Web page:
So I got free rocks, met a neighbor and got way more endorphins than I had bargained for at the start of my walk. Rebecca informed my that I had enough rocks now and I wouldn’t be going back to get the bricks in the garage.
…and more rocks.
Way back when I first discovered the internet, one of the first things I did was start playing online chess. I’d been thinking about learning the game and I figured that could most easily be accomplished online. I found a great site, Caissa.com that offered both live and “correspondence” games as we
ll as all kinds of teaching tools. I bought some books, studied a couple of openings. I liked to use Ruy Lopez as white and the Sicilian Defense as black. I learned them out to about three moves (and all the permutations) but that really didn’t matter because playing at the level I was, no one stuck to the book, so you had to improvise. Those two do usually end up with a slight position advantage, if you don’t hose them up.
So it’s what, fifteen years later? And I haven’t learned squat. I was getting pounded on Caissa, but I think that the self limiting nature of the demographic that signs Â up for online chess results in some bogus ratings. Bunch of nerds, if you know what I mean. There’s a lot of good players and as time wore on there weren’t many people around who weren’t rated way above me. Plus guys I beat early on were thumping me regularly. I got frustrated and gave it up. Continue reading Snatching Defeat from the Jaws of Victory
Well, it’s been quite awhile since my last post. I could make all kinds of excuses for not keeping this up, but I’m not one for excuses. Except I’ve been really busy, and I’ve been working on editing and producing a blog for someone else, and I’ve had writers cramp and maybe I’ve been a little depressed and I’ve been working on my garden and, well you know, no excuses.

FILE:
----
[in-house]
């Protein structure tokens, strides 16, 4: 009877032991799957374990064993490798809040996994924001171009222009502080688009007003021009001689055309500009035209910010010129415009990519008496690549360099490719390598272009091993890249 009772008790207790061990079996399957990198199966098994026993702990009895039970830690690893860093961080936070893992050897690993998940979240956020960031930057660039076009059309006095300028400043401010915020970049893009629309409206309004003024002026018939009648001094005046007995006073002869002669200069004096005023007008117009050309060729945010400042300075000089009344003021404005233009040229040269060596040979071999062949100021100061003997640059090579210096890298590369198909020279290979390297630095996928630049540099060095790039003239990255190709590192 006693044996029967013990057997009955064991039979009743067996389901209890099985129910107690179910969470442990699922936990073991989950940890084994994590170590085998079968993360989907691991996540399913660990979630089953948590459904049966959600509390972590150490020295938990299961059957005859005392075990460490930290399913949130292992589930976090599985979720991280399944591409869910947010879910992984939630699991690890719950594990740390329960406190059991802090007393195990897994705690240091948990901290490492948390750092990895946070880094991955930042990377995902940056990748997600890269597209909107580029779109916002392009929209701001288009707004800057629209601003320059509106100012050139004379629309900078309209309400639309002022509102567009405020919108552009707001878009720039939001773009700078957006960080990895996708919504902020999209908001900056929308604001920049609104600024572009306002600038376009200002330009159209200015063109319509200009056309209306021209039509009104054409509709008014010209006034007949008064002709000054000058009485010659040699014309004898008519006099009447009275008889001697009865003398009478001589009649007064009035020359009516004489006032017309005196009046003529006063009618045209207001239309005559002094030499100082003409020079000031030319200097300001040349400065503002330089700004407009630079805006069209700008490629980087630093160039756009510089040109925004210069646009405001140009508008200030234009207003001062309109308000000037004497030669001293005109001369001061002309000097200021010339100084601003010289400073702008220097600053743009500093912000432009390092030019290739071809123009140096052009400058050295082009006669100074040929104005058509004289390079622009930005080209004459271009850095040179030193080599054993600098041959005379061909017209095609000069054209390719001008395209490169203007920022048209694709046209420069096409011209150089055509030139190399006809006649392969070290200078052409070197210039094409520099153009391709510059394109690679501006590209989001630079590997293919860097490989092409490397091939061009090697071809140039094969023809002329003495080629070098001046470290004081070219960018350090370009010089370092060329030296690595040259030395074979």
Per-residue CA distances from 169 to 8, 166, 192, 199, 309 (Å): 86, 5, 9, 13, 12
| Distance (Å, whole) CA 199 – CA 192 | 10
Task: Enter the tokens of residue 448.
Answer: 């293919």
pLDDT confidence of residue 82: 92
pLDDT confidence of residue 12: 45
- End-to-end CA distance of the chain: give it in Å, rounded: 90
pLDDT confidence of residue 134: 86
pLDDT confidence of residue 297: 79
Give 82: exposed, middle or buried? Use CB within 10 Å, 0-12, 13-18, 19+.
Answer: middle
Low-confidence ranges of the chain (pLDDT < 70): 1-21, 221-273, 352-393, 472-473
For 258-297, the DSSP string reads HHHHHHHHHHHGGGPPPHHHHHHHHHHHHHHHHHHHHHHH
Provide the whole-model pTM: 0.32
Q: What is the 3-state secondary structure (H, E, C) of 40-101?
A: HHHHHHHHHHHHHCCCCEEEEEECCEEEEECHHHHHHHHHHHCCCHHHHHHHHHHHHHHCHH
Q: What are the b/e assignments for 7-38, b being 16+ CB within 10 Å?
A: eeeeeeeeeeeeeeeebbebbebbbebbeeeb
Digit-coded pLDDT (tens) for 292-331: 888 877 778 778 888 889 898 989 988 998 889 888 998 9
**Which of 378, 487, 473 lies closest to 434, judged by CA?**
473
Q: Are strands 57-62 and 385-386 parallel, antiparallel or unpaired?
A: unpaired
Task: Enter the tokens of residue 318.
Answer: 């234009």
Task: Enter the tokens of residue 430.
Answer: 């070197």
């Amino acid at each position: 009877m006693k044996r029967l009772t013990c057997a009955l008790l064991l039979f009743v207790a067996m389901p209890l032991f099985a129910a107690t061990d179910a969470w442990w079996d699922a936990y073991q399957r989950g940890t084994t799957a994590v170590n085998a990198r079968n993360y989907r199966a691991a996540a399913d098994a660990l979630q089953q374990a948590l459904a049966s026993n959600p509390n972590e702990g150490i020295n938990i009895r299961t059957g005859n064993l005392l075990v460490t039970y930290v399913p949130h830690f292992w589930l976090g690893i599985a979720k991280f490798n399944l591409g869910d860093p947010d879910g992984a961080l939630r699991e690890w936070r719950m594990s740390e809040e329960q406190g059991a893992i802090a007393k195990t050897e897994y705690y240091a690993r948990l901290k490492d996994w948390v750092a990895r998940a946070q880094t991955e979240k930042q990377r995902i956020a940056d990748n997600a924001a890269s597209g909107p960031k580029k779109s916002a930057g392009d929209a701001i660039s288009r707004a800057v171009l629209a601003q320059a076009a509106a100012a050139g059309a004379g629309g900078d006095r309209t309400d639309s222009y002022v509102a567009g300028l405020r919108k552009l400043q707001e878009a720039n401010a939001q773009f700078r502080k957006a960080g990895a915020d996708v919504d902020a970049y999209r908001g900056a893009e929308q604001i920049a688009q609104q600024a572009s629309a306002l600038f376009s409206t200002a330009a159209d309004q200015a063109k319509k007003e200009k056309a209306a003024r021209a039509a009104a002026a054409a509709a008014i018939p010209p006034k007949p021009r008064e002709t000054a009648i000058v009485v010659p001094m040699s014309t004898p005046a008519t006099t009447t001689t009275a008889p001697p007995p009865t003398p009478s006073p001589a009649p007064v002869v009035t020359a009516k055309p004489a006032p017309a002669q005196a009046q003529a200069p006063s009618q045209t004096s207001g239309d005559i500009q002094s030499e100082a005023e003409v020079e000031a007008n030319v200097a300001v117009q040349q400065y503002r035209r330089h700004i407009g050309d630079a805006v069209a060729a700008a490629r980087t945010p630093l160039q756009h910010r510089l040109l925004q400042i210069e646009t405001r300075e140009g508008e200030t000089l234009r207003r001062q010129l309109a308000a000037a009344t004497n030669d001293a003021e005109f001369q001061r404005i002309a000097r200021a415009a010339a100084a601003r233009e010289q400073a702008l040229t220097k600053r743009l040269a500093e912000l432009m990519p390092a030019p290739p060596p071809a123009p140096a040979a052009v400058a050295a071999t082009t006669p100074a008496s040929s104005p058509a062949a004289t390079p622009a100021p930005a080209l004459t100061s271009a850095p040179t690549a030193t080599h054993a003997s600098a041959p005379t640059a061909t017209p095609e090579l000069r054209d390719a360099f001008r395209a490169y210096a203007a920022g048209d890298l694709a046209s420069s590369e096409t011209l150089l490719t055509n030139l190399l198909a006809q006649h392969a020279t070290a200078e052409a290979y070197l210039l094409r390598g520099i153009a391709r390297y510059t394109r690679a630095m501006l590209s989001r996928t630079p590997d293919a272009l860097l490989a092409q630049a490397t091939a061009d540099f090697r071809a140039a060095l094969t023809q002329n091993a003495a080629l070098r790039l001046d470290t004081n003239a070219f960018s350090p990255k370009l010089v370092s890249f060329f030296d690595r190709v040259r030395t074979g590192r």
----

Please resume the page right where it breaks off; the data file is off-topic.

I’m not going to dwell on the past so I’m just going to touch on a few things that have been going on this summer and then move on. It’s not like nothing’s been happening, it’s been a great summer with a couple of trips to Chicago, one to Traverse City and another one planned for Labor Day.
I think I’ve mentioned that I’m working, with the help of the Quinn’s bf Dave and the neighbor boys, on a major garden expansion. I’ve added about 600 sq. ft. at the back of our yard. That’s 600 sq. ft. that I don’t have to mow.
Here’s a little gallery of some of the summers event.
It rained yesterday, so Rebecca and I decided to head to the local multiplex and see Robin Hood. It was a fine example of the swashbuckling kind, great battle scenes. I just finished reading Pillars of the Earth by Ken Follett, which takes place in England about 75 years earlier, both i think did a good job of depicting the grittiness of Medieval life.